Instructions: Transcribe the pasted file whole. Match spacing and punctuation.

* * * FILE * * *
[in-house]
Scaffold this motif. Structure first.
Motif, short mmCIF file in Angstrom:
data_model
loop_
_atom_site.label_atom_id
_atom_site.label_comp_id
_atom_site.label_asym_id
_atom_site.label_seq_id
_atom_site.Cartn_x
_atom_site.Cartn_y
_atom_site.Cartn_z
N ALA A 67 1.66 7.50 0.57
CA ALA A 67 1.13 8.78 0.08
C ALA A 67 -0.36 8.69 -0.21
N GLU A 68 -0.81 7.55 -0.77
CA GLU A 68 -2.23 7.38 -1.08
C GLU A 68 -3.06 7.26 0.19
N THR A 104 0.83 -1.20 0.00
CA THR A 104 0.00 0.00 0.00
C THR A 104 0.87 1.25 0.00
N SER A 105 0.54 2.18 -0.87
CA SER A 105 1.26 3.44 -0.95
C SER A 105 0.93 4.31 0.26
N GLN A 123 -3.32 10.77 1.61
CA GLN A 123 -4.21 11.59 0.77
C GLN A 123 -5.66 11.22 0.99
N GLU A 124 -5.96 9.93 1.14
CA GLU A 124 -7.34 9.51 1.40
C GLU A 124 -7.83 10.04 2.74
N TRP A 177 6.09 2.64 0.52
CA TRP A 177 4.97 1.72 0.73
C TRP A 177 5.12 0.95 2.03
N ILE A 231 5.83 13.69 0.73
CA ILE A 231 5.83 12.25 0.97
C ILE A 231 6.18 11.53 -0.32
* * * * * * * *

[in-house]
Scaffold this motif. Structure first.
Motif, short mmCIF file in Angstrom:
data_model
loop_
_atom_site.label_atom_id
_atom_site.label_comp_id
_atom_site.label_asym_id
_atom_site.label_seq_id
_atom_site.Cartn_x
_atom_site.Cartn_y
_atom_site.Cartn_z
N ALA A 67 1.66 7.50 0.57
CA ALA A 67 1.13 8.78 0.08
C ALA A 67 -0.36 8.69 -0.21
N GLU A 68 -0.81 7.55 -0.77
CA GLU A 68 -2.23 7.38 -1.08
C GLU A 68 -3.06 7.26 0.19
N THR A 104 0.83 -1.20 0.00
CA THR A 104 0.00 0.00 0.00
C THR A 104 0.87 1.25 0.00
N SER A 105 0.54 2.18 -0.87
CA SER A 105 1.26 3.44 -0.95
C SER A 105 0.93 4.31 0.26
N GLN A 123 -3.32 10.77 1.61
CA GLN A 123 -4.21 11.59 0.77
C GLN A 123 -5.66 11.22 0.99
N GLU A 124 -5.96 9.93 1.14
CA GLU A 124 -7.34 9.51 1.40
C GLU A 124 -7.83 10.04 2.74
N TRP A 177 6.09 2.64 0.52
CA TRP A 177 4.97 1.72 0.73
C TRP A 177 5.12 0.95 2.03
N ILE A 231 5.83 13.69 0.73
CA ILE A 231 5.83 12.25 0.97
C ILE A 231 6.18 11.53 -0.32